My phone rang this morning with a familiar request. Would I talk to someone just diagnosed with multiple sclerosis? I am often asked to speak to a usually young person who has been diagnosed with the sickness. Leave me alone, I think. What do I know? I ask myself. There are no answers, only questions, doubts, fears. Okay, I say, but have him or her call me. A friend or relative may think someone wants to talk, but often the poor confused soul just wants to hide. I get it, and more often than not, my phone does not ring.
So here is my unsolicited, perhaps unwanted advice.
Slow down. Take a deep breath and do nothing. Finding the perfect neurologist, as if one exists, can wait. There is time later. Do not dive headfirst into an MRI machine. You’ll get a headache. I will get you an appointment next week. Sit down and think. You are not going to wrestle the beast to the ground. But you do need to coexist with it for a lifetime. You have signed up for a lifetime membership in this club, which will not expire until you do.
MS is a mind game as much as a disease of the body. Are you going to be victorious or a victim? Too many of us construct fences around ourselves, limiting us by assuming the worst. I am a believer in healthy denial. Do not deny the disease. That is a losing hand. Deny the certainty of possible outcomes. You have started on a journey without end. Learn to live with uncertainty. You do not know where your journey will take you. Your attitude will play an important role in your health. Chill out.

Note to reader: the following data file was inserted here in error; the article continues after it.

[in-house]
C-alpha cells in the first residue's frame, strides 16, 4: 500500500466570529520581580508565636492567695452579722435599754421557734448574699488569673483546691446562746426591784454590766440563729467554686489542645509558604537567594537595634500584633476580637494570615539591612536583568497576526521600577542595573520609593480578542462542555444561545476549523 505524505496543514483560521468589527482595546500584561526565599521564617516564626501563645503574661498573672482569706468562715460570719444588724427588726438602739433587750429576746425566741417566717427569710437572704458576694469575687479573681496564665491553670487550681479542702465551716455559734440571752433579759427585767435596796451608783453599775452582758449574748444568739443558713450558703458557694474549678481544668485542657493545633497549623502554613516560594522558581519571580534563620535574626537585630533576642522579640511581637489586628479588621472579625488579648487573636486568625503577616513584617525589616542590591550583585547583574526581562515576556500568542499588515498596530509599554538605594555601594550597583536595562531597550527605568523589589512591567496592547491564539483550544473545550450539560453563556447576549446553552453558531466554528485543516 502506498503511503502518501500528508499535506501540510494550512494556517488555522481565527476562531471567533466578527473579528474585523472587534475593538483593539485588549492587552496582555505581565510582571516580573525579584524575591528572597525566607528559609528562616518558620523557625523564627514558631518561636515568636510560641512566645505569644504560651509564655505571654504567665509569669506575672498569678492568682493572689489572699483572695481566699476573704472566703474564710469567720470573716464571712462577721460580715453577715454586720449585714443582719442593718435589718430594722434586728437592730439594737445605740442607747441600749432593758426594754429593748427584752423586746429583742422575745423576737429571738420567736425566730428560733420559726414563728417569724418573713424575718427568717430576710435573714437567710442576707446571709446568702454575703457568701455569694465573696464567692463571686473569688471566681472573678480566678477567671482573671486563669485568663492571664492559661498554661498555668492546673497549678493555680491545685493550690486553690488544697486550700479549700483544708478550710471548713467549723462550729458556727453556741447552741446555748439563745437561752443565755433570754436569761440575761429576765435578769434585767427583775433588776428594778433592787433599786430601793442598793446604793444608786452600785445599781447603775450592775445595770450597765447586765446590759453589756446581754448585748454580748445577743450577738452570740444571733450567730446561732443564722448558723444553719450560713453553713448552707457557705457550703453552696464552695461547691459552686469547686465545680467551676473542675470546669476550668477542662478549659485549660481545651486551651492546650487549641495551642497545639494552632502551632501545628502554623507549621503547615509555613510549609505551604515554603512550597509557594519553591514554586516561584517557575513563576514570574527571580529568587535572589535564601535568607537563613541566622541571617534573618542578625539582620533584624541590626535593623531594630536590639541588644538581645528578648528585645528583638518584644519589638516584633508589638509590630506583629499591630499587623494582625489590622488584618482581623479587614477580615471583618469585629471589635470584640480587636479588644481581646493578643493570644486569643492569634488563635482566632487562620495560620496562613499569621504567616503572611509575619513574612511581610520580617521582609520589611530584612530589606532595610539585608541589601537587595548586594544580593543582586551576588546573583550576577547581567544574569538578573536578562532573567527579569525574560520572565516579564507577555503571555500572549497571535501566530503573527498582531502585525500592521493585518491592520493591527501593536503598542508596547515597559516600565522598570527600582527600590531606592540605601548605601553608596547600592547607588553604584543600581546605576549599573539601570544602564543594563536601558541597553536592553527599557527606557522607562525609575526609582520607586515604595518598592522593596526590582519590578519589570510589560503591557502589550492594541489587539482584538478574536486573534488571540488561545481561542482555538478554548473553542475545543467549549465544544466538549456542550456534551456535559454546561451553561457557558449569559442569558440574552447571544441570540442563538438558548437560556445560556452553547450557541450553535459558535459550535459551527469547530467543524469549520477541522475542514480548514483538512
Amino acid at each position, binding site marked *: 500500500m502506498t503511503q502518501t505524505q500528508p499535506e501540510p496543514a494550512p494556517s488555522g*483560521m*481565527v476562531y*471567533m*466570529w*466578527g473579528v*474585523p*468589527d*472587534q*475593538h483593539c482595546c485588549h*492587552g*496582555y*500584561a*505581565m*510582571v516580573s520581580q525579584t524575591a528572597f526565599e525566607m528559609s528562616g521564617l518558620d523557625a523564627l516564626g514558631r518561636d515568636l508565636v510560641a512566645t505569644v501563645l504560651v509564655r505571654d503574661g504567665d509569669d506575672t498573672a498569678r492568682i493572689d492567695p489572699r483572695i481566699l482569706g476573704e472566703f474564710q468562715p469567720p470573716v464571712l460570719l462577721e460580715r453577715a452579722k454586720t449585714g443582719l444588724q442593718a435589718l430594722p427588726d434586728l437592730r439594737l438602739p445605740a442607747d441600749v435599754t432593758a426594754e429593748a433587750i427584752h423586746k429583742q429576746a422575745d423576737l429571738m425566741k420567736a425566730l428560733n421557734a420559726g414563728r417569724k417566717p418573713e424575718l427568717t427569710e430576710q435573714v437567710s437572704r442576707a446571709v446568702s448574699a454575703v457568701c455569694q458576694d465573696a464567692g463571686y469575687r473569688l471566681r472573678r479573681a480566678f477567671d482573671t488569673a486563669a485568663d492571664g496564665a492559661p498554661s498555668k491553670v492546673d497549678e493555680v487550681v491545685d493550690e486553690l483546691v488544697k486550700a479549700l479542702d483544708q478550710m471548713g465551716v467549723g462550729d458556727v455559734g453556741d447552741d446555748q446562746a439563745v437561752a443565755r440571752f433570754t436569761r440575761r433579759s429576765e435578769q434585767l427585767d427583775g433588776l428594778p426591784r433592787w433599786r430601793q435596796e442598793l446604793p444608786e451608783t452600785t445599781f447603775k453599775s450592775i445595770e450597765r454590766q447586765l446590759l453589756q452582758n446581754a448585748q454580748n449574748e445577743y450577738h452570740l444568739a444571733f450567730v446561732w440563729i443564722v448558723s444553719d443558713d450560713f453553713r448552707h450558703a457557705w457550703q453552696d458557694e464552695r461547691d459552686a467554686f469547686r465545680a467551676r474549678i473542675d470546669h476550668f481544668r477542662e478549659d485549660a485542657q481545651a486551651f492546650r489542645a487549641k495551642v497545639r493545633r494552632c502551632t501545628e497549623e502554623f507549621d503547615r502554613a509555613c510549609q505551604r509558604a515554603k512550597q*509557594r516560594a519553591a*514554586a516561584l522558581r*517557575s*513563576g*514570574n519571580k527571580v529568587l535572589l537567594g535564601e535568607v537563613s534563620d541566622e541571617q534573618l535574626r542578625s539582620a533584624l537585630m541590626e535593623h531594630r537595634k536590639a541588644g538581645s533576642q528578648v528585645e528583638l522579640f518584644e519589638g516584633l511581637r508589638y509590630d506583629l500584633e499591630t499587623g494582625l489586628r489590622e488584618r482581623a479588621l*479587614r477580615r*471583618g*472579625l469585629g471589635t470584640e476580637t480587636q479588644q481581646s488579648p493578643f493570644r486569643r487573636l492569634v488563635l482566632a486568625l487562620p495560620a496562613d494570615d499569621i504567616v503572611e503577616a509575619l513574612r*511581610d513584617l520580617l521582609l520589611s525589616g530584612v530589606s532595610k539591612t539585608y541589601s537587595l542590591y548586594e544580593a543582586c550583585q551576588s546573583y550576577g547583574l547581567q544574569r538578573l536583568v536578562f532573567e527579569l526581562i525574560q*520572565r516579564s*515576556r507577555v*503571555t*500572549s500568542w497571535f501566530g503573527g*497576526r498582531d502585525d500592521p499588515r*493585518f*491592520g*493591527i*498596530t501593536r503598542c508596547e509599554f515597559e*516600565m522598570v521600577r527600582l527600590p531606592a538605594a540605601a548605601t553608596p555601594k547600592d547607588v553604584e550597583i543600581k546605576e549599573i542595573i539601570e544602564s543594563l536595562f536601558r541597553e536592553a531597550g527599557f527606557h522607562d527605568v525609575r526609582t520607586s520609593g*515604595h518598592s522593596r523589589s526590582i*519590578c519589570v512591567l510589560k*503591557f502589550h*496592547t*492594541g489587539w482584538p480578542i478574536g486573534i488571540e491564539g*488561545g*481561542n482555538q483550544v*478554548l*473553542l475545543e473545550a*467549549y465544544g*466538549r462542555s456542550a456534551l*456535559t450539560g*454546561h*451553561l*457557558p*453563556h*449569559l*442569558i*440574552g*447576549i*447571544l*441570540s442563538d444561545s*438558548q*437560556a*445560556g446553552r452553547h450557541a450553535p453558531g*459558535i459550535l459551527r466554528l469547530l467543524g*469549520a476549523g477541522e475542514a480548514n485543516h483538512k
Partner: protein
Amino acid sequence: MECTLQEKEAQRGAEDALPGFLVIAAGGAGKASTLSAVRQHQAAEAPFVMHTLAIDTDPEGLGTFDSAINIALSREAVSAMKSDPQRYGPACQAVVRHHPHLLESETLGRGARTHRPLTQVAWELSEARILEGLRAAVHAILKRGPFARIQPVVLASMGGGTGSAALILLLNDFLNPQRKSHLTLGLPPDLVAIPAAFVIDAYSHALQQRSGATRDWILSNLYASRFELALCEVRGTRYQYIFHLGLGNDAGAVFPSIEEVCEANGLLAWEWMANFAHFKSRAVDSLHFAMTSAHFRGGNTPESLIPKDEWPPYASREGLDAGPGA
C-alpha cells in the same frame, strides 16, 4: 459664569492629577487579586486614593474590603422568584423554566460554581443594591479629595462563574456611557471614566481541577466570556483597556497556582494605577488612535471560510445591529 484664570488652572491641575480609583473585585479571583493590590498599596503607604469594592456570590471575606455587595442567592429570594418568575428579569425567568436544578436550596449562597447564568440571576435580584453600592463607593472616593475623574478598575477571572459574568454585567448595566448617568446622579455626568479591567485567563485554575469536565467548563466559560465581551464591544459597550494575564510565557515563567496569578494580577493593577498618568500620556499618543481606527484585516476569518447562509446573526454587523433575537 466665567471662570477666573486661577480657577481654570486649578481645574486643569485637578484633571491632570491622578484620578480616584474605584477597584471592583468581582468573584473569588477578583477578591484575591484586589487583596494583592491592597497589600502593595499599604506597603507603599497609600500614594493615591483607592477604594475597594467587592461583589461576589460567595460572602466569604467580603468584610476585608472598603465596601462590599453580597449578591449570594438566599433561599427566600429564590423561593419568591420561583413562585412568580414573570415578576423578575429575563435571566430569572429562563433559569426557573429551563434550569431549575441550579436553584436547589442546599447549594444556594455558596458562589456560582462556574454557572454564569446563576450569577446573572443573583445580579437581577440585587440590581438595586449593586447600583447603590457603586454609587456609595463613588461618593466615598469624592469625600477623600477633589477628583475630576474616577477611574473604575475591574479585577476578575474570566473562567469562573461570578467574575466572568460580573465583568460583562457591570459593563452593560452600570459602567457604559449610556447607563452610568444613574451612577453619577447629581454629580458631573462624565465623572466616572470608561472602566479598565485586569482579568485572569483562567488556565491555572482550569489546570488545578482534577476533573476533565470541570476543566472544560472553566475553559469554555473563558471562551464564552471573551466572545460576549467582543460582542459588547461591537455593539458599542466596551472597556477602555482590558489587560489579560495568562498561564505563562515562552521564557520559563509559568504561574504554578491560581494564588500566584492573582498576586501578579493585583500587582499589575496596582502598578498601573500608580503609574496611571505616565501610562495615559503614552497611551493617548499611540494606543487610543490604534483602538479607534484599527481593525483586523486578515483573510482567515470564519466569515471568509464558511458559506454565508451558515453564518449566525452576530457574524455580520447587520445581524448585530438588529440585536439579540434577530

Join a gym. Get in shape and stay there. Body strength can save you when you need to hold on or fall carefully. And you will feel better and look healthier by dropping the weight and toning up. Learn to respect yourself. MS too often attacks self-esteem and confidence. You are psychologically stronger than you think. Do not forget that.
Please learn to laugh. Illness is arbitrary and the theater of the absurd. Crying gets you nowhere. “I am thankful for laughter,” Woody Allen noted, “except when milk comes out of my nose.” Actually, that can be pretty funny, too. Do not overlook what your family and friends need to cope with your situation. A positive attitude will lighten their load.
Yeah, I know. Well they do not have MS. Yes they do. We are not alone. Our families and friends walk in our shoes with us, no matter how we stumble. I helped raise three kids who had to live with my condition. We laughed a lot. Never tears. When I could not button a shirt or tie my shoes and got angry with myself, they called me on it. When I swore a blue streak at the top of my lungs, my youngest threatened to wash out my mouth with soap.
Know this. You will survive. And you can have a good life. But you have to work to make these things happen. Toughen your skin, my friend. None of this will be easy. Accept that. Your future has not been taken from you, only your directions to Easy Street.